Some of the articles on magic systems have prompted objections based on how magic “really” does or does not “work”. All right then; it’s only peripherally involved with gaming – but let’s take a look at that.
Magic – whether in the form of ceremonial magic, psychic abilities, or c’hi, is a very popular idea. It’s generally stated to offer benefits that can be obtained in no other way or (in the case of those attempts at magic commonly called superstitions) to offer the benefit of avoiding various disadvantageous events.
- Now, if Magic has a biological basis, then biological evolution can select for or against it. If advantageous, it should be almost universal; evolution actually works fairly quickly when an advantageous trait starts occurring in an existing population (for example, the rapid spread of adult lactose tolerance when herding is introduced to human populations). If disadvantageous it should be bred out, and thus go unobserved save when brought out by negative mutations.
- Magic is not universal. In fact, despite large prizes for anyone who can demonstrate ANY kind of currently-unexplained ability, and tens of thousands of attempts to claim those prizes, magical abilities of any kind have yet to be demonstrated – and there is no reason not to demonstrate them if magic is biological. The upper limit on the occurrence of biological magic is thus one in many millions.
If Magic has a social basis (such as training or the “old wisdom”), then social evolution can select for or against it. If advantageous, societies using it should come to dominate. If it is severely disadvantageous societies that permit magical thinking should tend to lose out. If it is simply a waste of time or otherwise mildly disadvantageous, then it may persist as a parasitic meme as long as the societies hosting it are competing against equally or more affected societies.
- Currently observed societies seem to fit the “waste of time” scenario. Evidently magic does not have a social basis and thus cannot be “trained” or otherwise acquired in a controllable fashion.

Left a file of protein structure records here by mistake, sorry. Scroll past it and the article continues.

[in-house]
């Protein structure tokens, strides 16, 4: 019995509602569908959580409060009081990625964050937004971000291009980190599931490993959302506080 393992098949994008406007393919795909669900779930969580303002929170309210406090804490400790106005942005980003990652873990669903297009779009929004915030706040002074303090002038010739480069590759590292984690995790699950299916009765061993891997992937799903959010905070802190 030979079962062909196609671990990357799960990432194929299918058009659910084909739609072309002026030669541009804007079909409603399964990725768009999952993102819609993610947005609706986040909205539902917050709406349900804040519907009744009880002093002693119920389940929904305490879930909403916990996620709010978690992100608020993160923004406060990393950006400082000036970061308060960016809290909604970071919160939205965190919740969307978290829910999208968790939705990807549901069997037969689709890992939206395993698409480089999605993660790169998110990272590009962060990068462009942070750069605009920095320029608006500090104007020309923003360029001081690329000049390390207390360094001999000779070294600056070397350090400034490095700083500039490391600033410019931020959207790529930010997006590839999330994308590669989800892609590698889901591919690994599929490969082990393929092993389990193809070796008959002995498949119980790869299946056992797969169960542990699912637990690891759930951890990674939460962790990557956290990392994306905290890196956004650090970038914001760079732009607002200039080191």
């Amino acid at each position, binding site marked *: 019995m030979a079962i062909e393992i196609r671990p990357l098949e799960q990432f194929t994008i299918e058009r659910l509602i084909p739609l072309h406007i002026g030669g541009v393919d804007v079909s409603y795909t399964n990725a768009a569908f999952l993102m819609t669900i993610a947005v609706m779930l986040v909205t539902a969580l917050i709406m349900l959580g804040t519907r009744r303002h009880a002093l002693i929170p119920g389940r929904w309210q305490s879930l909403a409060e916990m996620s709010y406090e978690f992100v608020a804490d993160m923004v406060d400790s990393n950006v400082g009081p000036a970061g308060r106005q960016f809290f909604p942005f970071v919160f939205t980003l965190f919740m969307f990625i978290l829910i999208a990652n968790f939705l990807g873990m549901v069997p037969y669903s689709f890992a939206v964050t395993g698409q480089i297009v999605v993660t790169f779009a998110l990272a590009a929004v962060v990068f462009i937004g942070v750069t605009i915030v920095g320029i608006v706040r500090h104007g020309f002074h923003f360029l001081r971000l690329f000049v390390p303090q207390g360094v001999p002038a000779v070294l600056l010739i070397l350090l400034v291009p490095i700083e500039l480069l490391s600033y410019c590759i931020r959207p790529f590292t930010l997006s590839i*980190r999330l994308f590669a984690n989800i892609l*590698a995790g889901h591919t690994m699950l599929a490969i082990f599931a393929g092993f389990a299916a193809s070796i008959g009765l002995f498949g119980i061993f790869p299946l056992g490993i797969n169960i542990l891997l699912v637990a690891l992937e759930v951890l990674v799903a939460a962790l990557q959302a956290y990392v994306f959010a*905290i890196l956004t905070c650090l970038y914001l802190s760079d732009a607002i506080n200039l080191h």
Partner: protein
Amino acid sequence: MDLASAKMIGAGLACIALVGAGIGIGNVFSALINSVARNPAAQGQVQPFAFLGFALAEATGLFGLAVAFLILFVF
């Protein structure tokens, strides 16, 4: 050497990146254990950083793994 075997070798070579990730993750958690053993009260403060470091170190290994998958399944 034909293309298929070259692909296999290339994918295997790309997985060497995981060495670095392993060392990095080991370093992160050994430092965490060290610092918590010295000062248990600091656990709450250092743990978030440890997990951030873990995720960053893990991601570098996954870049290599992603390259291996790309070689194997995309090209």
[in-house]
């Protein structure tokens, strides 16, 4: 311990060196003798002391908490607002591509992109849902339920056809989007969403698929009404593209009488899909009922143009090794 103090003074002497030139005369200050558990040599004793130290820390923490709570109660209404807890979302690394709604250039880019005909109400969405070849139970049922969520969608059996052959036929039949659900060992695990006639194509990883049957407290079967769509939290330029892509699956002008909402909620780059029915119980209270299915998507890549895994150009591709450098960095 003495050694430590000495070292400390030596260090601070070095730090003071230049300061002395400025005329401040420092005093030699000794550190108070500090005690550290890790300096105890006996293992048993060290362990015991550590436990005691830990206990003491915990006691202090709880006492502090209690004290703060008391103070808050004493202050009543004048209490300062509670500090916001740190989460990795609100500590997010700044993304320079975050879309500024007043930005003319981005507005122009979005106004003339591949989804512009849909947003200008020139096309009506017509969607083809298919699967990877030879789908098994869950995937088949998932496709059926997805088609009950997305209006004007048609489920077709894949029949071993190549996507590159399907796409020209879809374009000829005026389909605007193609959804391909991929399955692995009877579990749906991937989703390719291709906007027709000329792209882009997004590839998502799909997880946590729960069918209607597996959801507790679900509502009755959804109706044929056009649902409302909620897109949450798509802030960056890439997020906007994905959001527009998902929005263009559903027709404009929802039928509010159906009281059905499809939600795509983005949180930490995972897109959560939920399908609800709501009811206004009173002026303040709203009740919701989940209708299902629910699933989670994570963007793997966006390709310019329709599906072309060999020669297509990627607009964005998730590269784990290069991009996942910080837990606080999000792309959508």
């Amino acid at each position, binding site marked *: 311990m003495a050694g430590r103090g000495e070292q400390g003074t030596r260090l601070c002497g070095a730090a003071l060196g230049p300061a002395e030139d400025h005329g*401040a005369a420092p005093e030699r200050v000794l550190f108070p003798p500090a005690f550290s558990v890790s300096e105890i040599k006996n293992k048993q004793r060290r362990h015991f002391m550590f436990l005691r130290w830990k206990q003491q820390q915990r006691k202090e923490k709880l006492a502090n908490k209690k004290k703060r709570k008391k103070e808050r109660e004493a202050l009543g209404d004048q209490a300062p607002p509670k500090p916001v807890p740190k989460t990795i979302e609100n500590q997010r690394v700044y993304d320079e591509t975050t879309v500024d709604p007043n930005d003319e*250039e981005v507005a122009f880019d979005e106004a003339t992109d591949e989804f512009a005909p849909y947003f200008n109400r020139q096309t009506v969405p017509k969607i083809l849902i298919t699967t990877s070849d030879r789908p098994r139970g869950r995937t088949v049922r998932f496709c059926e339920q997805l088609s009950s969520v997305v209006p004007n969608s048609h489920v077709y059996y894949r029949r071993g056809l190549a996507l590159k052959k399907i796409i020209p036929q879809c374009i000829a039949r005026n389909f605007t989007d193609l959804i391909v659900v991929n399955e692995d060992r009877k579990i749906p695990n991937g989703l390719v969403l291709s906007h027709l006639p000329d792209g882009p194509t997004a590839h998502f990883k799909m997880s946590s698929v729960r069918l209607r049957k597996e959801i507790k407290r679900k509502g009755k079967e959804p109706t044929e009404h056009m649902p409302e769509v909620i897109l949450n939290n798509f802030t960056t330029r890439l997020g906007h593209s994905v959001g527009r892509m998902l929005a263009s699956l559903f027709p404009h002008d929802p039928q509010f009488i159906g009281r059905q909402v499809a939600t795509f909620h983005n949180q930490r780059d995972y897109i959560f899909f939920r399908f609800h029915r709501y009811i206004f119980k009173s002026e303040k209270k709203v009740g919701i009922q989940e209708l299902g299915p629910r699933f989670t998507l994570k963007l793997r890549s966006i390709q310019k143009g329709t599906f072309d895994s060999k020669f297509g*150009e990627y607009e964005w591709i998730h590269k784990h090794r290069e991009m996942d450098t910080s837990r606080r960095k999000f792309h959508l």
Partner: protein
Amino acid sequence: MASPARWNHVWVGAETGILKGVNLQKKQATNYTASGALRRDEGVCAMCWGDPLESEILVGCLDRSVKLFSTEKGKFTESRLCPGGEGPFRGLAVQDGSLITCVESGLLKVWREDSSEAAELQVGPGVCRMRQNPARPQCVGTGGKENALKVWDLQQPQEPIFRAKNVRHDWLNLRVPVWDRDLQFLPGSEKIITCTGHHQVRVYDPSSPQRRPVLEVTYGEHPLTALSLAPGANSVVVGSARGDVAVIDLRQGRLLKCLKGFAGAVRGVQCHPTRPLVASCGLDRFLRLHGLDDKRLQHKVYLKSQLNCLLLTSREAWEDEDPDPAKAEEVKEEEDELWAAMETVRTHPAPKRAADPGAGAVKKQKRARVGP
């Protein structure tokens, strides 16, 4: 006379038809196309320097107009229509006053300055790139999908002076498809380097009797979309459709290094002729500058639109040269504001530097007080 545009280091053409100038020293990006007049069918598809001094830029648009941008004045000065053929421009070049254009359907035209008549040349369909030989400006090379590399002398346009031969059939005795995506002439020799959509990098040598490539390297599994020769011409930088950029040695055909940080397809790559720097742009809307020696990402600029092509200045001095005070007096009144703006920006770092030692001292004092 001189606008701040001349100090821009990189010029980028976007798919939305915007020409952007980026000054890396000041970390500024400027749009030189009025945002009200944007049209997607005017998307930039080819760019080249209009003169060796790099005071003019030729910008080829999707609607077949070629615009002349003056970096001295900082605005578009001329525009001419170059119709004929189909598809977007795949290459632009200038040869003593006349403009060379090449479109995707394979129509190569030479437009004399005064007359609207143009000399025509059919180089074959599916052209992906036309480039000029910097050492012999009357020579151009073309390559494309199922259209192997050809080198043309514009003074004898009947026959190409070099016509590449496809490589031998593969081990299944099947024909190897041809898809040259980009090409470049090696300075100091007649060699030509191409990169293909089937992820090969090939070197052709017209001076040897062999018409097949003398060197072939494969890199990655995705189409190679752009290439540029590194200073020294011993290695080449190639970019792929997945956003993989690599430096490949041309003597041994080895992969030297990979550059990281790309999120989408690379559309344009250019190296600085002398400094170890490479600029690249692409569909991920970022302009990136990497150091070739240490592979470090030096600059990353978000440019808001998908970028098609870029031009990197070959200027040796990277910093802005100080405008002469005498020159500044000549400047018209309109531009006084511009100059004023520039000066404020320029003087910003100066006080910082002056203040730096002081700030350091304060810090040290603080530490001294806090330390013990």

If Magic has an environmental basis, such as exposure to high levels of “mana”, being “touched by spirits”, or some other external influence, then it may either occur in particular areas where those influences exist, when various controllable circumstances occur, or at random – at least as far as humans are concerned.
- If it occurs thanks to influences in particular areas, than those areas should believe in magic and tend to exploit it – or to suffer from it – predictably. This does not seem to happen; new groups entering areas tend to carry on their own magical traditions, rather than converging on the ones that work locally.
- If it occurs thanks to controllable circumstances, than we’re back to a social basis; magic can be “awakened” by some form of ritual or procedure. That has already been eliminated.
- If it occurs at random (at least as far as humans are concerned) then we’re back at “why has no affected individual come forward?” prize-money problem.
Now, it’s possible that no one would come forward if Magic is inherently secretive – but in that case we know that no form of “magic” that you have ever heard about is valid, and that no one with actual magical abilities will ever come forward. Certainly nothing is going on that has a really large – even if secretive – impact on human life or it would show up as an unexplained bias in the statistics which are so enthusiastically collected these days.
- Those seem to be pretty reliable; insurance companies, social planners, and all kinds of other groups successfully use them to make money.
Can we combine more than one of those possibilities? Certainly we can; that just means that multiple test apply UNLESS we presume that this makes magic so rare that it’s never going to be observed.
That leaves us with “I am sure that some mysterious force we know nothing about and cannot detect either directly or indirectly might be influencing human lives in some extremely subtle fashion for no observable reason!”.
I can’t argue there. That’s essentially a religious viewpoint – and no one can prove that something doesn’t exist. All I can say is that – in the absence of any observable evidence that something DOES exist – speculation and debate on such a topic is only useful for entertainment purposes or if the speculation and debate itself offers some (probably social or psychological) benefit.
Thus I do find speculation on magic and exploring magical systems beneficial and enjoyable; if nothing else it helps make for entertaining games*.
I’d also be delighted to see functioning magic. New and currently-unexplainable observations mean new physics – and that’s a delight and a wonder for everyone interested in science. That’s why scientists are so eager to find, and then investigate, new things – any why claims that “the establishment doesn’t want to look!” really don’t work. Scientists are frantically eager to look at anything new – although, sadly, they’re often short on social graces, which is why they can be downright rude when you waste their time demanding attention for something that isn’t actually new.
*Religious belief systems do seem to offer benefits on the social level under historical circumstances; otherwise societies lacking them should have come to dominate the world – and religious belief systems occur in virtually every known human culture. Whether this will continue, and whether or not such systems are ultimately valid, isn’t something that can be effectively debated. On both the personal, and social, levels we’re just going to have to wait and see.